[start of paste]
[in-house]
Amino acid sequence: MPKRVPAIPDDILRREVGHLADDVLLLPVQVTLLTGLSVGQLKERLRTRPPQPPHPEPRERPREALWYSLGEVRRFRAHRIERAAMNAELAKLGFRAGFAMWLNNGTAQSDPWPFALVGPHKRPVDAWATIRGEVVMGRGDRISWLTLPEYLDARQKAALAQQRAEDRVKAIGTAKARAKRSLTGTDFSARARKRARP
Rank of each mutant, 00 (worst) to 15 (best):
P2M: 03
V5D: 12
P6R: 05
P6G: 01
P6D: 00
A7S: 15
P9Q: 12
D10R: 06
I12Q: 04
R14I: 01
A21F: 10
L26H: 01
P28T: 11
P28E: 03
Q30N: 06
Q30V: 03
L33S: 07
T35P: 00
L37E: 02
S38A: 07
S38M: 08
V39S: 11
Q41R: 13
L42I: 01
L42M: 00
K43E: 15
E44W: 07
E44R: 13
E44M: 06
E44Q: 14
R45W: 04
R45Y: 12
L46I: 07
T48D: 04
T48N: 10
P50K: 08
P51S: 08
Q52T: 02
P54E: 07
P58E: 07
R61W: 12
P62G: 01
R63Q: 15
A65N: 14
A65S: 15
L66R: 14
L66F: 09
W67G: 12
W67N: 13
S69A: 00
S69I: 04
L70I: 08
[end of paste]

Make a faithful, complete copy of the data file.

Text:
[in-house]
Amino acid sequence: MPKRVPAIPDDILRREVGHLADDVLLLPVQVTLLTGLSVGQLKERLRTRPPQPPHPEPRERPREALWYSLGEVRRFRAHRIERAAMNAELAKLGFRAGFAMWLNNGTAQSDPWPFALVGPHKRPVDAWATIRGEVVMGRGDRISWLTLPEYLDARQKAALAQQRAEDRVKAIGTAKARAKRSLTGTDFSARARKRARP
Rank of each mutant, 00 (worst) to 15 (best):
P2M: 03
V5D: 12
P6R: 05
P6G: 01
P6D: 00
A7S: 15
P9Q: 12
D10R: 06
I12Q: 04
R14I: 01
A21F: 10
L26H: 01
P28T: 11
P28E: 03
Q30N: 06
Q30V: 03
L33S: 07
T35P: 00
L37E: 02
S38A: 07
S38M: 08
V39S: 11
Q41R: 13
L42I: 01
L42M: 00
K43E: 15
E44W: 07
E44R: 13
E44M: 06
E44Q: 14
R45W: 04
R45Y: 12
L46I: 07
T48D: 04
T48N: 10
P50K: 08
P51S: 08
Q52T: 02
P54E: 07
P58E: 07
R61W: 12
P62G: 01
R63Q: 15
A65N: 14
A65S: 15
L66R: 14
L66F: 09
W67G: 12
W67N: 13
S69A: 00
S69I: 04
L70I: 08